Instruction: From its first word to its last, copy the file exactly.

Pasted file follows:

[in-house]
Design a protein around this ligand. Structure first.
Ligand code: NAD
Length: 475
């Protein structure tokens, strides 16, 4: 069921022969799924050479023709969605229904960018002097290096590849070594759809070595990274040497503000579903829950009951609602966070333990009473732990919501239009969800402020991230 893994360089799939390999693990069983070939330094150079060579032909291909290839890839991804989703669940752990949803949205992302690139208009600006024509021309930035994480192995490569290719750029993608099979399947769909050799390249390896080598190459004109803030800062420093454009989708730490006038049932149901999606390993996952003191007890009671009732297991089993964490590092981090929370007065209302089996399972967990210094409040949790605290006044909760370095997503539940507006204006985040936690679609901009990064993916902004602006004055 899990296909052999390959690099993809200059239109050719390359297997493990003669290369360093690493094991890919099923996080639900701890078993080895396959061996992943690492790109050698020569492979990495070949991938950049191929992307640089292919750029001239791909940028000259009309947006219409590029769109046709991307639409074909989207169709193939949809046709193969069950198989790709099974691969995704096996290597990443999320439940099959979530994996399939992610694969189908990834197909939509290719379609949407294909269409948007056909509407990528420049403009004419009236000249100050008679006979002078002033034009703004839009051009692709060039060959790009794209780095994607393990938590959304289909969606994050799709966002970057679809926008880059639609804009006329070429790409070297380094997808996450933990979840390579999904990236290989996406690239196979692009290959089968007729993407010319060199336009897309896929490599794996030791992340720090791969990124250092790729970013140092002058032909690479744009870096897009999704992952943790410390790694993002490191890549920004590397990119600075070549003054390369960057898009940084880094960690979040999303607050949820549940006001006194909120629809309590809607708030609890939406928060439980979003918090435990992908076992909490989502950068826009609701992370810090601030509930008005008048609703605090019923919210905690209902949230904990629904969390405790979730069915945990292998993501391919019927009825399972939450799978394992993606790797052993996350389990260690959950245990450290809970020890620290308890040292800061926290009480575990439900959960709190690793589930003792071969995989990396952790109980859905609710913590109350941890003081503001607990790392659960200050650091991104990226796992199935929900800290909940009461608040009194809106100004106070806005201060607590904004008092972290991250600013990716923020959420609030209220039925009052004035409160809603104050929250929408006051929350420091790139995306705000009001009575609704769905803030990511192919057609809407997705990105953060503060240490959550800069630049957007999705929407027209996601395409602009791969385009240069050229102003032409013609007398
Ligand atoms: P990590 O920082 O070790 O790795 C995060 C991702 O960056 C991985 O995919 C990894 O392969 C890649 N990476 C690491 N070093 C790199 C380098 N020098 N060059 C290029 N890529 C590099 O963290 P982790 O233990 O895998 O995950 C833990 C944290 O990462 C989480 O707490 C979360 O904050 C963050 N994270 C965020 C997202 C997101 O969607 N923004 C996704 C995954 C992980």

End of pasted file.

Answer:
[in-house]
Design a protein around this ligand. Structure first.
Ligand code: NAD
Length: 475
């Protein structure tokens, strides 16, 4: 069921022969799924050479023709969605229904960018002097290096590849070594759809070595990274040497503000579903829950009951609602966070333990009473732990919501239009969800402020991230 893994360089799939390999693990069983070939330094150079060579032909291909290839890839991804989703669940752990949803949205992302690139208009600006024509021309930035994480192995490569290719750029993608099979399947769909050799390249390896080598190459004109803030800062420093454009989708730490006038049932149901999606390993996952003191007890009671009732297991089993964490590092981090929370007065209302089996399972967990210094409040949790605290006044909760370095997503539940507006204006985040936690679609901009990064993916902004602006004055 899990296909052999390959690099993809200059239109050719390359297997493990003669290369360093690493094991890919099923996080639900701890078993080895396959061996992943690492790109050698020569492979990495070949991938950049191929992307640089292919750029001239791909940028000259009309947006219409590029769109046709991307639409074909989207169709193939949809046709193969069950198989790709099974691969995704096996290597990443999320439940099959979530994996399939992610694969189908990834197909939509290719379609949407294909269409948007056909509407990528420049403009004419009236000249100050008679006979002078002033034009703004839009051009692709060039060959790009794209780095994607393990938590959304289909969606994050799709966002970057679809926008880059639609804009006329070429790409070297380094997808996450933990979840390579999904990236290989996406690239196979692009290959089968007729993407010319060199336009897309896929490599794996030791992340720090791969990124250092790729970013140092002058032909690479744009870096897009999704992952943790410390790694993002490191890549920004590397990119600075070549003054390369960057898009940084880094960690979040999303607050949820549940006001006194909120629809309590809607708030609890939406928060439980979003918090435990992908076992909490989502950068826009609701992370810090601030509930008005008048609703605090019923919210905690209902949230904990629904969390405790979730069915945990292998993501391919019927009825399972939450799978394992993606790797052993996350389990260690959950245990450290809970020890620290308890040292800061926290009480575990439900959960709190690793589930003792071969995989990396952790109980859905609710913590109350941890003081503001607990790392659960200050650091991104990226796992199935929900800290909940009461608040009194809106100004106070806005201060607590904004008092972290991250600013990716923020959420609030209220039925009052004035409160809603104050929250929408006051929350420091790139995306705000009001009575609704769905803030990511192919057609809407997705990105953060503060240490959550800069630049957007999705929407027209996601395409602009791969385009240069050229102003032409013609007398
Ligand atoms: P990590 O920082 O070790 O790795 C995060 C991702 O960056 C991985 O995919 C990894 O392969 C890649 N990476 C690491 N070093 C790199 C380098 N020098 N060059 C290029 N890529 C590099 O963290 P982790 O233990 O895998 O995950 C833990 C944290 O990462 C989480 O707490 C979360 O904050 C963050 N994270 C965020 C997202 C997101 O969607 N923004 C996704 C995954 C992980």